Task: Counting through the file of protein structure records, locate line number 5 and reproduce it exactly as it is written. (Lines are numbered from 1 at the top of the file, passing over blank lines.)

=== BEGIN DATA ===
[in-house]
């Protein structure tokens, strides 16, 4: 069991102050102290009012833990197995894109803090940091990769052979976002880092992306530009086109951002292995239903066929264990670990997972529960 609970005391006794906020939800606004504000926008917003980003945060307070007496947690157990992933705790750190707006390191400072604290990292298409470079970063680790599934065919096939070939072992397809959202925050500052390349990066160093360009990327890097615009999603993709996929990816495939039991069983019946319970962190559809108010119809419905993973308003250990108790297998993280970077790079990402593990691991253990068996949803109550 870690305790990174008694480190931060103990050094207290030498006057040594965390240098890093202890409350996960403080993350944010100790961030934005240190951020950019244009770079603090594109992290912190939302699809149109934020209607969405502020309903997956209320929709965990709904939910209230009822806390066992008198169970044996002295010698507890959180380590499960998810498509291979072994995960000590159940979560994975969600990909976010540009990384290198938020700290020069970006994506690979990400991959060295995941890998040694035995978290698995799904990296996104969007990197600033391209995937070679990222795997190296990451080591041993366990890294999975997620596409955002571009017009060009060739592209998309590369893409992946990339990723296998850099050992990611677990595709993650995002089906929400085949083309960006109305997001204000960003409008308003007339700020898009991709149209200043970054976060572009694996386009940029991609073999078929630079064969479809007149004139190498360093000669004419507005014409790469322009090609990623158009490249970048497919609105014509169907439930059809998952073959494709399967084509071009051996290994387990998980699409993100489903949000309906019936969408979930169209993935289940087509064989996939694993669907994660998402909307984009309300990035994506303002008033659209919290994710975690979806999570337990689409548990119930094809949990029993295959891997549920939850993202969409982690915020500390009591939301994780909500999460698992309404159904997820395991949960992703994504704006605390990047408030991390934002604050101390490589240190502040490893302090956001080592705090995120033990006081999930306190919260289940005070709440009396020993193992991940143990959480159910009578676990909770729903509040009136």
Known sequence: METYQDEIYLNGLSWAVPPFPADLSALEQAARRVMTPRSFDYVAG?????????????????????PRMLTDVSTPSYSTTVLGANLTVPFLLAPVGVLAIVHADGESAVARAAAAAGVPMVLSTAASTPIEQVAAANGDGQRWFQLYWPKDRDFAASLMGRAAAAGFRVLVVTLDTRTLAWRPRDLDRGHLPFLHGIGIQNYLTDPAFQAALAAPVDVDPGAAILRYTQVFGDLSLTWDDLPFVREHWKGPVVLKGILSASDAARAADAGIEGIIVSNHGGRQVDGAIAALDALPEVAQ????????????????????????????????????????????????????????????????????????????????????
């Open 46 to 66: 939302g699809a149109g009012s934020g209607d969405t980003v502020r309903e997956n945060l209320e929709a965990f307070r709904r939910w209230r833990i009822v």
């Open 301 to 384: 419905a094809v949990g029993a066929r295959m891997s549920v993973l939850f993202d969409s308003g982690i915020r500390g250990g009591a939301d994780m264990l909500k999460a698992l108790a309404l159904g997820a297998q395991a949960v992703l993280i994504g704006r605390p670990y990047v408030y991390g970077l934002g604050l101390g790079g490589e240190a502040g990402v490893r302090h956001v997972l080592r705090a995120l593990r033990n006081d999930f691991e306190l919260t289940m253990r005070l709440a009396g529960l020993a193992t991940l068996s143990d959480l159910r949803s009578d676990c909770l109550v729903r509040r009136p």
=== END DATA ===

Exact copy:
């Open 301 to 384: 419905a094809v949990g029993a066929r295959m891997s549920v993973l939850f993202d969409s308003g982690i915020r500390g250990g009591a939301d994780m264990l909500k999460a698992l108790a309404l159904g997820a297998q395991a949960v992703l993280i994504g704006r605390p670990y990047v408030y991390g970077l934002g604050l101390g790079g490589e240190a502040g990402v490893r302090h956001v997972l080592r705090a995120l593990r033990n006081d999930f691991e306190l919260t289940m253990r005070l709440a009396g529960l020993a193992t991940l068996s143990d959480l159910r949803s009578d676990c909770l109550v729903r509040r009136p």